NEWS BULLETIN

October 14, 2004 --- Vol. 10, No. 89October 2004

ConocoPhillips may revisit tax credit after state negotiations

The federal legislation for the Alaska natural gas pipeline did not include a tax credit if natural gas falls below a floor level, something ConocoPhillips has said it would require to go forward.

ConocoPhillips Alaska Vice President Joe Marushack said today that since the federal legislation has passed, the company will focus on Stranded Gas Development Act negotiations with the state of Alaska, and may revisit the need for the federal tax credit depending on results of negotiations with the state.

Trustees protest Bristol Bay exploration license

A non-profit environmental law firm filed a protest with the state of Alaska Sept. 27, stopping the clock on a Bristol Bay basin exploration license due to be issued to a company owned by Native elders from the Bristol Bay Region. The filing by Trustees of Alaska also resulted in the loss of an investor for Bristol Shores LLC, a company formed by the Native elders to generate a natural gas industry that would eradicate the poverty brought on by the decline of the Bristol Bay fisheries.

In its paperwork asking for the state to reconsider the best interest finding on the 329,113-acre exploration license around the community of Dillingham, Trustees listed its clients as Alaska Coalition, Cascadia Wildlands Project, Pamela A. Miller of Arctic Connections, and the Northern Alaska Environmental Center.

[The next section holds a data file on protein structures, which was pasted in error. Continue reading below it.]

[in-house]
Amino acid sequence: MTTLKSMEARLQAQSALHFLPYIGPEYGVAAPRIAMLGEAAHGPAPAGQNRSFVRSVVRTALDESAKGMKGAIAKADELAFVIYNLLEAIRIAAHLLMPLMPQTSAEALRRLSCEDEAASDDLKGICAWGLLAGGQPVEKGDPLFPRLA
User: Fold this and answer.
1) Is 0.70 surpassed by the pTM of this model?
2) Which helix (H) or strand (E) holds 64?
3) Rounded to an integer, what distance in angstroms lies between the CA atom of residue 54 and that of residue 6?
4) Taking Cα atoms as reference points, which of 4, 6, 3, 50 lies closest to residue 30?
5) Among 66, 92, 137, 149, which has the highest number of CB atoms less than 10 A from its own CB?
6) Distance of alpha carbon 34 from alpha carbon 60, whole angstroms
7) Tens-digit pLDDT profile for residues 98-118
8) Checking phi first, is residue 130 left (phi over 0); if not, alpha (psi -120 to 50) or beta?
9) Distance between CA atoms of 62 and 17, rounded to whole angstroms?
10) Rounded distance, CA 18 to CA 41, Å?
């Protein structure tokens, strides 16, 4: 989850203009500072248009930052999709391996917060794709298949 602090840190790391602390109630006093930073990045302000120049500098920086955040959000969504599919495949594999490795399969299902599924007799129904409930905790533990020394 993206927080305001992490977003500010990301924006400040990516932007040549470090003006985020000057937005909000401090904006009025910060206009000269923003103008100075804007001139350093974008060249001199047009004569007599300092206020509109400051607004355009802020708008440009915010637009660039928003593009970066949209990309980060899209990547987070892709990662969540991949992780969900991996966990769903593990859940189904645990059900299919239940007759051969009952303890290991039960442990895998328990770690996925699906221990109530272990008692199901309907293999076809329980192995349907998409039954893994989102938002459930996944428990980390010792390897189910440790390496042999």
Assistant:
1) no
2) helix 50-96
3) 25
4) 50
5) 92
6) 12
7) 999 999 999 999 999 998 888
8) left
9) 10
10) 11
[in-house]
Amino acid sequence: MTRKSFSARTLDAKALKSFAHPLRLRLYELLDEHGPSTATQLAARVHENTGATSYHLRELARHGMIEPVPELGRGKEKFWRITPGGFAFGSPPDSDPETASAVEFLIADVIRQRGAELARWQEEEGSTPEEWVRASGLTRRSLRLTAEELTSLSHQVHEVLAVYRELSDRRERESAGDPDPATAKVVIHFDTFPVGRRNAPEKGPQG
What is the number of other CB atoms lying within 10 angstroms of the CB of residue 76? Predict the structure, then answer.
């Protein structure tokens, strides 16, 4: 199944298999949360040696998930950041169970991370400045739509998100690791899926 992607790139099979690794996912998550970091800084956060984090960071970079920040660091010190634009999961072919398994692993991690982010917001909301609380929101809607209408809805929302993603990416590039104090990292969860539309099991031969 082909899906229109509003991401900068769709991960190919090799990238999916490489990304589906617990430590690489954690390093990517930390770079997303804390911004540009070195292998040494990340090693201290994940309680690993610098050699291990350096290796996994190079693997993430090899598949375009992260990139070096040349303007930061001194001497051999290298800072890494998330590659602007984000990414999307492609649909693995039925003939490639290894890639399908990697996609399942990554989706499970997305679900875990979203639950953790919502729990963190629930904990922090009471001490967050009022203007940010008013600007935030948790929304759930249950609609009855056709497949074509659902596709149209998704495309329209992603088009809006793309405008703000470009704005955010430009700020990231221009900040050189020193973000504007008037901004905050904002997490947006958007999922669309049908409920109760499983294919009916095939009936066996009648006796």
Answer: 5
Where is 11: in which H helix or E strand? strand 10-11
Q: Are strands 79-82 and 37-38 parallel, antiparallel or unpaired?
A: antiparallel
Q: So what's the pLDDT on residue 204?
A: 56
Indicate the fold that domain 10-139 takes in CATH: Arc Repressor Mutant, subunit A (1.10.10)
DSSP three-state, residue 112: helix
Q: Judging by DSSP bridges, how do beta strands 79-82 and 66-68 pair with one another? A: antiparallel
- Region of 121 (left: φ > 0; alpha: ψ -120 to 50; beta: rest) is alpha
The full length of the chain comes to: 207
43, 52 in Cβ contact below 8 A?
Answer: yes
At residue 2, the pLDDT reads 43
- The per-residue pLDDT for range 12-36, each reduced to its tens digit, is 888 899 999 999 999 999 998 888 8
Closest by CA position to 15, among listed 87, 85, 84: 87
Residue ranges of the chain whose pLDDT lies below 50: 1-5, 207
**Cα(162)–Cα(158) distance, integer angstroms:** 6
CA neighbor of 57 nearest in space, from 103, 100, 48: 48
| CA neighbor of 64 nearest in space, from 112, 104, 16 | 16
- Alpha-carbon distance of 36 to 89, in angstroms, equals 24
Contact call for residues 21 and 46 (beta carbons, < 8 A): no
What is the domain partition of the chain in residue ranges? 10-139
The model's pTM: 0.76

George Shade, president of Bristol Shores, and Jere Allan, president of The Bay Group LLC, view the filing as a form of harassment.

The Bay Group, a management firm working for Bristol Shores, has been seeking private investors to fund gas exploration in the license area. Allan said they’ve lost one investor as a result of the filing.

Before Trustees filed its request, Bristol Shores had 30 days from Sept. 7 to decide whether to accept the exploration license. The final finding for the license is now on hold pending reconsideration by the commissioner of the Alaska Department of Natural Resources.

“Once the commissioner makes a final determination on the request for reconsideration, assuming that the decision is to proceed with the license, then that would begin another 30 day (decision) period for Bristol Shores,” a state Division of Oil and Gas official Petroleum News.

Editor’s note: See full stories in the Oct. 17 edition of Petroleum News.


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